Chemistry Practice Problems Radioactive Decay Practice Problems Solution: Nuclear reactions involve a change in the nucleus ...

Solution: Nuclear reactions involve a change in the nucleus of an atom. For this reason, nuclear equations show the mass number and atomic number of each species. Nuclear equations must be balanced in both mass number (mass balance) and atomic number (charge balance). For example, consider the equation for the decay of carbon-14:146C → 147N + 0-1 ePart A. Write the identity of the missing nucleus for the following nuclear decay reaction:23290Th → 22888Ra + ?Express your answer as an isotope.Part B. Write the identity of the missing nucleus for the following nuclear decay reaction:189F → 01 e +?Express your answer as an isotope.Part C. Write the identity of the missing nucleus for the following nuclear decay reaction:? → 5927Co + 0-1 eExpress your answer as an isotope.

Problem

Nuclear reactions involve a change in the nucleus of an atom. For this reason, nuclear equations show the mass number and atomic number of each species. Nuclear equations must be balanced in both mass number (mass balance) and atomic number (charge balance). For example, consider the equation for the decay of carbon-14:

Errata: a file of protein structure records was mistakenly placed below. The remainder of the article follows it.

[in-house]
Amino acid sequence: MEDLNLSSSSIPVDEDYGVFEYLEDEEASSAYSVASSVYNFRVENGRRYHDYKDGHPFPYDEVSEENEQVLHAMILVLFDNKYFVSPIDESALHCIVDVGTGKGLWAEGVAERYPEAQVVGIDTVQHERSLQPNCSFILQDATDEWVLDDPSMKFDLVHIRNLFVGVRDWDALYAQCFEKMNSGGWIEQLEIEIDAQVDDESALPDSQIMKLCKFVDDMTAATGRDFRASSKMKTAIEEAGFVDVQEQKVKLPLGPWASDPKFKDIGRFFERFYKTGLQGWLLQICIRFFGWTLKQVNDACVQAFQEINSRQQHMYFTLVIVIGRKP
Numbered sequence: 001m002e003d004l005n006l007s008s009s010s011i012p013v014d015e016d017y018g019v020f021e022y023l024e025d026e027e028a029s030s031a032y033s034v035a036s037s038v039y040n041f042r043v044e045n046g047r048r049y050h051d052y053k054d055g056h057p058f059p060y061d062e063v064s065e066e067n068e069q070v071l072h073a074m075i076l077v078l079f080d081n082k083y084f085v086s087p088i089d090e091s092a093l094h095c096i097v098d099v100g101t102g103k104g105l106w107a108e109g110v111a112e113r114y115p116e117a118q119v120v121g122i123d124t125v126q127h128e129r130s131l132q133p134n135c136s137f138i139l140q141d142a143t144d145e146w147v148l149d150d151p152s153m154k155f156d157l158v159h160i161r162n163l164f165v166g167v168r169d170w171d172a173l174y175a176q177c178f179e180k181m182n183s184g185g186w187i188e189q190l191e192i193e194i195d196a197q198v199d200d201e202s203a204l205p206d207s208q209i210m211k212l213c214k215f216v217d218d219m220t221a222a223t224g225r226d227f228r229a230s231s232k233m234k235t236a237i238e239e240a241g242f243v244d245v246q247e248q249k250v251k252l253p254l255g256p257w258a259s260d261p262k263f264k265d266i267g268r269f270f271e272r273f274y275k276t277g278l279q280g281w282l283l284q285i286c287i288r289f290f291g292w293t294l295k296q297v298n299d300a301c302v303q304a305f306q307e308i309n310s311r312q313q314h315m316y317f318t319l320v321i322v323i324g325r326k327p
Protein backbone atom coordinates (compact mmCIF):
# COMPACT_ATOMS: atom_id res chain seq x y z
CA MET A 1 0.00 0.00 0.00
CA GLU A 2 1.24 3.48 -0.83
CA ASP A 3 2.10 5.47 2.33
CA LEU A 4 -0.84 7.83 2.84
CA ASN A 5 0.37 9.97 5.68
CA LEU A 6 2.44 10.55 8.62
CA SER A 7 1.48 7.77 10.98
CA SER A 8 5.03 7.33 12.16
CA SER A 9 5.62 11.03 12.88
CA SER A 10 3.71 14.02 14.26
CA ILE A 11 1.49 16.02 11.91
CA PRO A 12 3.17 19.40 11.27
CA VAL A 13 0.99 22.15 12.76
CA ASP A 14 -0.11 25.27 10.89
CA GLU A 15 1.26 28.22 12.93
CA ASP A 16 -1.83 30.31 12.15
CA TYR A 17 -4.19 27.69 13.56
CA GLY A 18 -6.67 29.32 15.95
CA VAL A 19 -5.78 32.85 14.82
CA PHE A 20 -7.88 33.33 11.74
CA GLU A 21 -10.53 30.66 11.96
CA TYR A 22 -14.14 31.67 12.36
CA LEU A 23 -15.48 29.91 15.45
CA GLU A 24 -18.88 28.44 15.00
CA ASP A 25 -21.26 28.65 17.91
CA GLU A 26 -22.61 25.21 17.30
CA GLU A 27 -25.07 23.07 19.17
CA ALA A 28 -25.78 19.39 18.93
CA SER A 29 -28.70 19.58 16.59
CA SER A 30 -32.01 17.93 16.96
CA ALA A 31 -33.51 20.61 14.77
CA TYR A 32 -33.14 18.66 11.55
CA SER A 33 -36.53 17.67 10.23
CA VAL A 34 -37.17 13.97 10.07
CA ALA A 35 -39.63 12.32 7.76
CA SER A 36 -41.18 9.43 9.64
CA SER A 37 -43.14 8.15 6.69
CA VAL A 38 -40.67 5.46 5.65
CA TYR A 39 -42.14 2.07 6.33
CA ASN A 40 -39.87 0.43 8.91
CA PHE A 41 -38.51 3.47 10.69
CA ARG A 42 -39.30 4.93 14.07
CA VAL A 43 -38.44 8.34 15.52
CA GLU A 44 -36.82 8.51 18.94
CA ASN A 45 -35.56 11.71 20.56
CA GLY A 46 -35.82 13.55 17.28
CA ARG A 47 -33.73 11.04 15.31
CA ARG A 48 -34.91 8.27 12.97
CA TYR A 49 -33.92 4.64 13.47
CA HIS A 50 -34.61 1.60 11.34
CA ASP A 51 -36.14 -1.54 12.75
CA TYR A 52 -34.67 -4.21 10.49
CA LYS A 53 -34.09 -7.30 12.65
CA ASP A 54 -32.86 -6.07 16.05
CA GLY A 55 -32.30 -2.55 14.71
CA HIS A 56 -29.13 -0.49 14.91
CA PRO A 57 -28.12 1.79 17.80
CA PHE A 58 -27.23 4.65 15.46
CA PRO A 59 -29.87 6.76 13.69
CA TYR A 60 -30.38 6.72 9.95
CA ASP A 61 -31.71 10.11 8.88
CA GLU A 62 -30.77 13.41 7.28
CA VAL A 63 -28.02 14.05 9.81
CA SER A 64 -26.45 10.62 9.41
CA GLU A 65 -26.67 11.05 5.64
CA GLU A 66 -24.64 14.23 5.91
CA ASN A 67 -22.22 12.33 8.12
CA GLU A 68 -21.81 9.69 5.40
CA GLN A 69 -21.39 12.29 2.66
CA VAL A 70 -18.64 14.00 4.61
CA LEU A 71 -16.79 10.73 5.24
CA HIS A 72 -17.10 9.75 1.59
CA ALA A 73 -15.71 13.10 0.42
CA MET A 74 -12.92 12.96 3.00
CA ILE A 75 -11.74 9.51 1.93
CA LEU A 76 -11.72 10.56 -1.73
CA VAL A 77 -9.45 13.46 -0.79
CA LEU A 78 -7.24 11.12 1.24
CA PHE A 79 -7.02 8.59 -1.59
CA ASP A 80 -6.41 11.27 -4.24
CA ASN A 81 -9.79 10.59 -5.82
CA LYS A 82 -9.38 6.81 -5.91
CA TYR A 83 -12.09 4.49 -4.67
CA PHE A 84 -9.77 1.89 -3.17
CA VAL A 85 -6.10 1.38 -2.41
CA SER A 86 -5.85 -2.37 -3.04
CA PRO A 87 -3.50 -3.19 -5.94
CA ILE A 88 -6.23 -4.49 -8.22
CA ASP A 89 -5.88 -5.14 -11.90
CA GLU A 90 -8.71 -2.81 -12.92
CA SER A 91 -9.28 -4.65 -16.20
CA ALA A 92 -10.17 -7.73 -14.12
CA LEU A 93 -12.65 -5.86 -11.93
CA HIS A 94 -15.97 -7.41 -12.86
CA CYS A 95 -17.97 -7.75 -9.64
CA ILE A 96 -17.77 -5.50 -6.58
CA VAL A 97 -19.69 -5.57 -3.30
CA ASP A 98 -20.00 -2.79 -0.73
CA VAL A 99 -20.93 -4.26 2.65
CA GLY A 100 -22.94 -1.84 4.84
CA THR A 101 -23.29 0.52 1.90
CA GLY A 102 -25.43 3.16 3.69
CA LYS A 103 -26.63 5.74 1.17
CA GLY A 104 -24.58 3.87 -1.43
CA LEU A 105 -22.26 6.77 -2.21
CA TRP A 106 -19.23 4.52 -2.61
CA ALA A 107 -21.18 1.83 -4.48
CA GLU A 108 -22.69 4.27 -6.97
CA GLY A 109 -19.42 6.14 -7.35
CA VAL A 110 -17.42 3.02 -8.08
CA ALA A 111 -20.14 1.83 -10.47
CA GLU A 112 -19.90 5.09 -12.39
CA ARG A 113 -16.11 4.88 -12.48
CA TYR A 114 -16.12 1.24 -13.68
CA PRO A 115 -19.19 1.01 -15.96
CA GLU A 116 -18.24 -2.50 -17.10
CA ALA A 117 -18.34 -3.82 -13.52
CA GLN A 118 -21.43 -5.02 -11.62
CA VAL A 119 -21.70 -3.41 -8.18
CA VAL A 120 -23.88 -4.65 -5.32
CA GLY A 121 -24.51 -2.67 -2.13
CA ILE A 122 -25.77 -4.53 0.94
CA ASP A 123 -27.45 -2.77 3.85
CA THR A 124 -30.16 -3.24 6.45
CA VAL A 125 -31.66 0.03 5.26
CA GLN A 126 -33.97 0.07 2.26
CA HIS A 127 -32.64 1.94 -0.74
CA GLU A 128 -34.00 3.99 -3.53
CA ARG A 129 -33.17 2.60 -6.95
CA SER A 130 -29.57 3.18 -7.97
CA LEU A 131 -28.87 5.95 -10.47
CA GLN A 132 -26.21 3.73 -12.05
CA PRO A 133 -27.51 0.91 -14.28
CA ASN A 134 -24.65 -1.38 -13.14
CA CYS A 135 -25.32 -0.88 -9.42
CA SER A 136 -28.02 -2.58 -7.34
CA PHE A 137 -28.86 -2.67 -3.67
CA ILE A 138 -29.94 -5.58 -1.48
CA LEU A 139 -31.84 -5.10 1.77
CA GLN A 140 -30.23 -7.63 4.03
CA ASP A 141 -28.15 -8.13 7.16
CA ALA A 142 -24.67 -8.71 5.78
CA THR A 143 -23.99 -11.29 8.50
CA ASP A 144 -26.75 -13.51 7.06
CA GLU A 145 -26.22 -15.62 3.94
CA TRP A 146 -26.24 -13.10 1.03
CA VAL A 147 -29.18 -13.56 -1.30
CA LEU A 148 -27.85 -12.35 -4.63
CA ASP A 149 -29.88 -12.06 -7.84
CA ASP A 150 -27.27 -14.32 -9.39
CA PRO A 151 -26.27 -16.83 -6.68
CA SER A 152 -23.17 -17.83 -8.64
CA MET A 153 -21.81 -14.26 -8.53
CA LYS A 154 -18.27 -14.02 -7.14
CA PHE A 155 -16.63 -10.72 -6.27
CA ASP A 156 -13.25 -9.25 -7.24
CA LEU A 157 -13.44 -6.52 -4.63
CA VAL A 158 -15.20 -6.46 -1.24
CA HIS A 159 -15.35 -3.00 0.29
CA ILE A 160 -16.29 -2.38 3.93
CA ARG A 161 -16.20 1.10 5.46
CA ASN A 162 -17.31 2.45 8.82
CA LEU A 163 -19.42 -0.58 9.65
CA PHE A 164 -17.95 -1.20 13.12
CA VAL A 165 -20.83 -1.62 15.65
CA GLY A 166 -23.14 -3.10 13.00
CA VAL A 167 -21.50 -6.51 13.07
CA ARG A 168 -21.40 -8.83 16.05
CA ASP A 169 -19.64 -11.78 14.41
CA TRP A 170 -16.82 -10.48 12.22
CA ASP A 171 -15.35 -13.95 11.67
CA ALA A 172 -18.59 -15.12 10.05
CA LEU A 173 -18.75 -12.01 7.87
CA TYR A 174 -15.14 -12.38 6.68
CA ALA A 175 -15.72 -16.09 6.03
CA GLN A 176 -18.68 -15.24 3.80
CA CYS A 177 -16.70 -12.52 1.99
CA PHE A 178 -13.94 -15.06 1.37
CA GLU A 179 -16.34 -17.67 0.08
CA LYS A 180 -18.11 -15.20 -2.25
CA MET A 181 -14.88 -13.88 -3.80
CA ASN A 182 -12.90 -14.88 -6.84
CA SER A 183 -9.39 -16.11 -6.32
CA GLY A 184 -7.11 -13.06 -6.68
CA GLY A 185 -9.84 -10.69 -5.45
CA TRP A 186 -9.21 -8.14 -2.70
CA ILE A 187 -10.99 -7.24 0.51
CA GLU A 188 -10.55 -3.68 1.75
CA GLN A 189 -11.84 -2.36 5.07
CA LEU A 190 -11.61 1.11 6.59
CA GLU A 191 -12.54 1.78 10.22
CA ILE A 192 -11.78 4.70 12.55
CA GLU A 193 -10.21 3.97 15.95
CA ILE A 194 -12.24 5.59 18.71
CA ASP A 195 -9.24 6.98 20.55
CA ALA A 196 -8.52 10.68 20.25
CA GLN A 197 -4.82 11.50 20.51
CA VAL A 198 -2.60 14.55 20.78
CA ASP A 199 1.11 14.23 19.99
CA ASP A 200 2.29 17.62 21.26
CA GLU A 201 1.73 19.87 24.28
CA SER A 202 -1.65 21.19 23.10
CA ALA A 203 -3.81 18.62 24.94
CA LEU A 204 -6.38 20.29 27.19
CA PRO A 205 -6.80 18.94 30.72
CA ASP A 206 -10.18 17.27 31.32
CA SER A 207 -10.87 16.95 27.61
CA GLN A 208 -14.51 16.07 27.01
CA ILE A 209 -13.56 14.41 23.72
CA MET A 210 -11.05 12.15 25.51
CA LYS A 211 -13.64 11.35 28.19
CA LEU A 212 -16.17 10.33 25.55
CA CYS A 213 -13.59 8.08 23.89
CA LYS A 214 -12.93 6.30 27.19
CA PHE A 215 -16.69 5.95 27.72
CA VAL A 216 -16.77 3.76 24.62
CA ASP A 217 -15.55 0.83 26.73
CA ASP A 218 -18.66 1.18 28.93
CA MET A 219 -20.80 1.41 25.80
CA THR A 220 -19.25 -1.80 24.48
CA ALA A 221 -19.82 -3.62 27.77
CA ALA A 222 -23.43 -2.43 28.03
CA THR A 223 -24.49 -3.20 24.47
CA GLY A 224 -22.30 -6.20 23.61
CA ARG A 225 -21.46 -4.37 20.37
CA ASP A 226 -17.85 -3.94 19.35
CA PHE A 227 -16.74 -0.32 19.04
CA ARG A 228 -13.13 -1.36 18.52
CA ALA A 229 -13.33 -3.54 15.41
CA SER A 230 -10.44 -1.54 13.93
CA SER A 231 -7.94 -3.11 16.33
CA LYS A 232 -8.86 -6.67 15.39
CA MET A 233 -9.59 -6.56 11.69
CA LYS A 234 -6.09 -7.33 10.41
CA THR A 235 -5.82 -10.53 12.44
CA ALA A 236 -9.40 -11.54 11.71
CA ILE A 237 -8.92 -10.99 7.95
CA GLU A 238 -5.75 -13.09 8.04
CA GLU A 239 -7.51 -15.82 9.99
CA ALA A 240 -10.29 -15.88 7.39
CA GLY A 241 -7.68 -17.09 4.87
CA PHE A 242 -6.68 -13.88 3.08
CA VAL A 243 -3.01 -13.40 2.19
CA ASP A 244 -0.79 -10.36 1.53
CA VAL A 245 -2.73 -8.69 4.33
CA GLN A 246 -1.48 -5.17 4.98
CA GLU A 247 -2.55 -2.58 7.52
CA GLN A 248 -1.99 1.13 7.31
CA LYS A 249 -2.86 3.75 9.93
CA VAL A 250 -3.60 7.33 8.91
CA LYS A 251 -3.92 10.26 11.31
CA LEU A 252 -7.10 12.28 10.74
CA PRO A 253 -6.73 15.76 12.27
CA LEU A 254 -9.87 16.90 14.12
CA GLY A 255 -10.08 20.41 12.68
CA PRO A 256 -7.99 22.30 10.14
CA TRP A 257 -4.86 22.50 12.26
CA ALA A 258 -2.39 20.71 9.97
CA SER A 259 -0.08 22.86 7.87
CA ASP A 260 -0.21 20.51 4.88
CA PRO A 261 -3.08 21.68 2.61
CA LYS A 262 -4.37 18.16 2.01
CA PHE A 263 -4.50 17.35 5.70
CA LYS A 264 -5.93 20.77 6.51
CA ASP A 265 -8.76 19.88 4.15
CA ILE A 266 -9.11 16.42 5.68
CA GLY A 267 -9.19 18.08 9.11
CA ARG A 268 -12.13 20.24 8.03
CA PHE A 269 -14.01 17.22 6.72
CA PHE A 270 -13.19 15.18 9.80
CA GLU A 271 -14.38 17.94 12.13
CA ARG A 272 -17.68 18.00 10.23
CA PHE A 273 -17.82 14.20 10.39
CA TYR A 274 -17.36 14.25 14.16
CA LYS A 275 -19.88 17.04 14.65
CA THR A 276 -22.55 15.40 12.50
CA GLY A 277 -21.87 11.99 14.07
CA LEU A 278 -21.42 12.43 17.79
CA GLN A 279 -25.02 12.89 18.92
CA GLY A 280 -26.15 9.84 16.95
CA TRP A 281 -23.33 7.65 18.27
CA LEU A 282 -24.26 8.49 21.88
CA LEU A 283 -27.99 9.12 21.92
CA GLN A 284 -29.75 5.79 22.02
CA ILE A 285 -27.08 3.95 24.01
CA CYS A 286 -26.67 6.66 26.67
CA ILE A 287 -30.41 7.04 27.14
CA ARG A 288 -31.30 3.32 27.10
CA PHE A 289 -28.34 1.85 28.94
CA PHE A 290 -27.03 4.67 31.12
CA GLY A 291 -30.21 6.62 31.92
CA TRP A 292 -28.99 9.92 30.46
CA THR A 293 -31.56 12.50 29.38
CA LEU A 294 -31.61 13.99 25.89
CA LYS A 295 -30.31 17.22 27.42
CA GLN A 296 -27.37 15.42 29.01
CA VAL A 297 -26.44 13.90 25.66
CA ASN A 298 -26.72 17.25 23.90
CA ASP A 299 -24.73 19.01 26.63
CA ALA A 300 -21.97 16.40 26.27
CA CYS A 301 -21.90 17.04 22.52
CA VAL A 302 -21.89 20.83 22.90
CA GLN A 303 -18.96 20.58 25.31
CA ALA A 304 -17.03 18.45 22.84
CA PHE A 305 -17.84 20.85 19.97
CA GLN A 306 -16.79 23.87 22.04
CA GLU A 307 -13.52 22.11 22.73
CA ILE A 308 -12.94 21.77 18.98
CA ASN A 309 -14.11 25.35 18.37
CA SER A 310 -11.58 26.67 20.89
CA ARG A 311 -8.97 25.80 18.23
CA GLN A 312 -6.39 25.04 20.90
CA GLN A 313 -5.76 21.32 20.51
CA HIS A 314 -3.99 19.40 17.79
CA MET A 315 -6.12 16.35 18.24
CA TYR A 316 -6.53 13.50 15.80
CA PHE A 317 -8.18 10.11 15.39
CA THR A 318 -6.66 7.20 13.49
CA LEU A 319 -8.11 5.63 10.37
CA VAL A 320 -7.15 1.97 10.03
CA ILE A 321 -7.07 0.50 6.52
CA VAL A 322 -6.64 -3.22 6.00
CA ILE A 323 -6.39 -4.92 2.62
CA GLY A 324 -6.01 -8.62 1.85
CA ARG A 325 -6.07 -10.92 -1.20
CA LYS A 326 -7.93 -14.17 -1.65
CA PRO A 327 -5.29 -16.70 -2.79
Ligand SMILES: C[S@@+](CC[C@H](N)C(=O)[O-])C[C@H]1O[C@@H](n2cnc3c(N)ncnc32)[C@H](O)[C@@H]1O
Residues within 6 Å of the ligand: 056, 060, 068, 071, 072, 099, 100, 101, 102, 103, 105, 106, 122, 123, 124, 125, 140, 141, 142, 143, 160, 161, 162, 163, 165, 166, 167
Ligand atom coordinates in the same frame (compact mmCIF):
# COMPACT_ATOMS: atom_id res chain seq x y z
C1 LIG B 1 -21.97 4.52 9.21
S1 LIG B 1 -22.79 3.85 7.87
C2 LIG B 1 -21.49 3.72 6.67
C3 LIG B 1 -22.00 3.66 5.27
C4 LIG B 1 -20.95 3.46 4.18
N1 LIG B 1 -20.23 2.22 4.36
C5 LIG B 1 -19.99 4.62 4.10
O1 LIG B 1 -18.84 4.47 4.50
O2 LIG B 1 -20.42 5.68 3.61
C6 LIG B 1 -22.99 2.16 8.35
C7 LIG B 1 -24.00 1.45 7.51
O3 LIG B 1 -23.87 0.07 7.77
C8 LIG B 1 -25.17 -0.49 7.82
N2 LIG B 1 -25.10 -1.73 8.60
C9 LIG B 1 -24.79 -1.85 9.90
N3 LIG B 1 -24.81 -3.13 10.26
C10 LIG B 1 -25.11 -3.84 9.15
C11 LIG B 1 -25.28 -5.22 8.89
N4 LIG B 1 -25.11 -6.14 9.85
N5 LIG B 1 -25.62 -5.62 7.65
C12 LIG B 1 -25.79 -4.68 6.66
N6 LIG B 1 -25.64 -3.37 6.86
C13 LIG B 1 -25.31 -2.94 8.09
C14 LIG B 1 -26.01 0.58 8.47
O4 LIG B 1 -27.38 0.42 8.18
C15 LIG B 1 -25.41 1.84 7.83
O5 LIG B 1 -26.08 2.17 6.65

146C → 147N + 0-1 e

Part A. Write the identity of the missing nucleus for the following nuclear decay reaction:

23290Th → 22888Ra + ?

Express your answer as an isotope.

Part B. Write the identity of the missing nucleus for the following nuclear decay reaction:

189F → 0e +?

Express your answer as an isotope.

Part C. Write the identity of the missing nucleus for the following nuclear decay reaction:

? → 5927Co + 0-1 e

Express your answer as an isotope.

Solution

We’re being asked to complete the given partial decay reactions


To do so, we need to analyze the product that forms during the decay of the initial nuclide.


Recall that in a nuclear reaction, the number of protons and neutrons is affected and the identity of the element changes


The different types of radioactive decay are:

• Alpha decay: forms an alpha particle (42α, atomic mass = 4, atomic number = 2)

• Beta decay: forms a beta particle (0–1β, atomic mass = 0, atomic number = –1). The beta particle appears in the product side.

• Gamma emission: forms a gamma particle (00γ, atomic mass = 0, atomic number = 0)

• Positron emission: forms a positron particle (01e, atomic mass = 0, atomic number = 1)

• Electron capture: the initial nuclide captures an electron (0–1e, atomic mass = 0, atomic number = –1). The electron appears in the reactant side.


The nuclear equation must be balanced with the same total atomic mass and atomic number on both sides.

Step 1: Balance the atomic mass on both sides.

Step 2: Balance the atomic number on both sides.

Step 3: Identify the particle formed.


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